Is Your Business Owed a $26,000 Stimulus Payment?

( – The pandemic caused major problems for everyone, individually and as a community. Businesses struggled to stay open and to retain staff. The government stepped in, offering the Employee Retention Tax Credit, which allows employers to maintain their employees by offering a financial incentive to keep them.

The Employee Retention Tax Credit covers two parts: one is a 2020 program and the other is from 2021. The 202 version covered up to half of eligible wages employees earned between March 12, 2020 and January 1, 2021. It increased to 79 percent of an employee’s earnings, capping at $26,000 per employee.

The early pandemic was a tough time for most small business owners. You likely had to make hard choices, and that included whether to keep employees on when the world was slowing down and shutting down.

The government rewards those businesses who retained their employees during the chaos with the Employee Retention Tax Credit. Read on to see if your business may qualify, and how you can get the tax credit for 2020 and 2021 even if you’ve already filed your taxes.

Which Wages Are Eligible Under the Employee Retention Tax Credit?

Eligible wages include rates paid when the employer had to either cease operations per a government order or when their profits for the quarter were lower than typical. For 2020, this refers to periods when overall receipts were under half of what they were during the matching quarter of 2019. For 2021, it meant the same, but at 20 percent.

Is Your Business Eligible for the Employee Retention Tax Credit?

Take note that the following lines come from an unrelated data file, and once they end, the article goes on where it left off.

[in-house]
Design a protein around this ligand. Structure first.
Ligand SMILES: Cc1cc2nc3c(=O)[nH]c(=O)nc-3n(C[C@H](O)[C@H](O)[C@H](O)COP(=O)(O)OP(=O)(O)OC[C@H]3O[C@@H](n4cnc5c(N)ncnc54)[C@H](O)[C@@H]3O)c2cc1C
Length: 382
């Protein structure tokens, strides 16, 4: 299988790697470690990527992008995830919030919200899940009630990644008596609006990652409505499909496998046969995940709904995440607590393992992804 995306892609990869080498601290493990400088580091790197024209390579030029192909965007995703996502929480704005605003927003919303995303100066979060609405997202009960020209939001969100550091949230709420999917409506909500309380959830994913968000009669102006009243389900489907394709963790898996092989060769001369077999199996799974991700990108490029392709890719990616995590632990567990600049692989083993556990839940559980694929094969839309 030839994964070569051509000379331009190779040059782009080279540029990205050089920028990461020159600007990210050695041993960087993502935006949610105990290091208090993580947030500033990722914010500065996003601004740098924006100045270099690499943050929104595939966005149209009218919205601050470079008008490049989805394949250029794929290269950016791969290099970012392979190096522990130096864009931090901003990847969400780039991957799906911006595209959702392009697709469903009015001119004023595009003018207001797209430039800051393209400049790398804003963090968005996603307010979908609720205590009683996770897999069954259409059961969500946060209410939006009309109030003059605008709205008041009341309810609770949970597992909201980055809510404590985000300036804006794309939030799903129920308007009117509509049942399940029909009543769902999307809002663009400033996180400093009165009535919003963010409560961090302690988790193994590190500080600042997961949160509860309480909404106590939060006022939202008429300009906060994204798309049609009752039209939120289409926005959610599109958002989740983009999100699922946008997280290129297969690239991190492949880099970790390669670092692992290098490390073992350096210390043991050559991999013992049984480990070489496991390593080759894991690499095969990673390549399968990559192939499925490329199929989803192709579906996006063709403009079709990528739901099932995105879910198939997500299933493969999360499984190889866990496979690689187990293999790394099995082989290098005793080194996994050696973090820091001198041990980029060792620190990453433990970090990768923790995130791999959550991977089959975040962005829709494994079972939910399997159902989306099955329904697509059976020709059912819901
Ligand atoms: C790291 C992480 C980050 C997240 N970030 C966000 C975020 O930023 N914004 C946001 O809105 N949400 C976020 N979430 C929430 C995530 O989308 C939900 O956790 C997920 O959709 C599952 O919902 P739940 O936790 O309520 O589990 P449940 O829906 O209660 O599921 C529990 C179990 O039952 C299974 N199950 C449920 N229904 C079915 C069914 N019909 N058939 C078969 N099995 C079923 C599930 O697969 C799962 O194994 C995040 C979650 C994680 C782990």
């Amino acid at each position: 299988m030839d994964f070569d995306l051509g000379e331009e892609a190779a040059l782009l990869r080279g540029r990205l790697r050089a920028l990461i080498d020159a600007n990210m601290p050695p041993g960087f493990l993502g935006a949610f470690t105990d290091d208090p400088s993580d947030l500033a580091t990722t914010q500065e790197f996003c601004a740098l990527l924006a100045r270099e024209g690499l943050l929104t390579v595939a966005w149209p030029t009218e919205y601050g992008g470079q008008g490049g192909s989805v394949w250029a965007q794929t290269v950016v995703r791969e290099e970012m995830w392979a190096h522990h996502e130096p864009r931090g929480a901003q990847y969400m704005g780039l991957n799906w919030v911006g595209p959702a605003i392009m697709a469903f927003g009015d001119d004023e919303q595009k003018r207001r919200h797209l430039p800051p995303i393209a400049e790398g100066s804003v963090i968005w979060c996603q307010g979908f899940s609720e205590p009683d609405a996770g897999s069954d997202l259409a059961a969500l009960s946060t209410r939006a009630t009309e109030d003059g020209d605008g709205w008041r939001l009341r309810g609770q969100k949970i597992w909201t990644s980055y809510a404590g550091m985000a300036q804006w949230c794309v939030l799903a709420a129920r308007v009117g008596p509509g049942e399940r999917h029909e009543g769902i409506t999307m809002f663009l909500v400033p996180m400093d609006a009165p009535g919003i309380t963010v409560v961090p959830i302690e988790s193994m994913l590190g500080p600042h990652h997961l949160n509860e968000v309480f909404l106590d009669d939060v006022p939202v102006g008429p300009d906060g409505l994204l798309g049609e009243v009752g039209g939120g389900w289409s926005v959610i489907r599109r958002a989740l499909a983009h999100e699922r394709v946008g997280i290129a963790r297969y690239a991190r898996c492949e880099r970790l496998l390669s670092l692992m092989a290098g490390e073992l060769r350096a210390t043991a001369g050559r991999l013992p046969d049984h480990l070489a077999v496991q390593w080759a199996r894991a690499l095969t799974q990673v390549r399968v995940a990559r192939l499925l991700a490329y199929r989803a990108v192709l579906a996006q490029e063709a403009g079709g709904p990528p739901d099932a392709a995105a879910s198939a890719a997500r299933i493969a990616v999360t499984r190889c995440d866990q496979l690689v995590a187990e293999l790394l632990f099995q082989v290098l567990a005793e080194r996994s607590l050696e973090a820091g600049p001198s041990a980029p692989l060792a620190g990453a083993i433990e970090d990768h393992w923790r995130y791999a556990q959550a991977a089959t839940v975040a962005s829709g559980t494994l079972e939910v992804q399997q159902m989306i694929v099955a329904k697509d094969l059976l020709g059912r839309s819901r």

Employers have to meet several qualifications to be eligible for this credit. There are three major qualifications:

1: A government order forced you to halt your business operations

In 2020 and 2021, the government imposed shutdowns on many types of businesses due to the pandemic. 2021 had more sporadic quarantines, but they were still happening. If this applies to your business, you may be eligible for the tax credit.

2. You had to partially stop business operations due to other government mandates

The government orders varied, and other mandates might have allowed you to operate some parts of your business, but not others. For example, a restaurant might have been able to continue a delivery service, but would be required to stop serving customers in the restaurant. If you experienced this kind of partial halt during your pandemic, you could still qualify.

3. Your business lost money, and you have receipts

Even if your business kept going, it’s likely that you saw a decline in business and revenue due to the pandemic. If you saw this kind of decrease in profits compared to your 2019 earnings, you could still qualify.

The Employee Retention Tax Credit in 2022

The IRS is not providing the Employee Retention Tax Credit in 2022, as most businesses have adapted or recovered. However, if you haven’t filed for 2021 or 2020, or if you filed but did not include the Employee Retention Tax Credit, you can amend your tax returns from previous years to request a refund from the IRS.

To do this, check out your prior years’ returns and ensure you requested the full tax credit for drops in profits, shutdowns, and maintaining a workforce while the pandemic ensured your business suffered financially.

Understanding what tax credits you qualify for can be challenging, but this tax credit can help your business rebuild substantially. Make sure you contact your tax professional immediately if you require an amendment to your previous years’ taxes to ensure you receive the Employee Retention Tax Credit. If you did the right thing and retained employees when the world was falling apart, it’s your time to collect for doing what was right.

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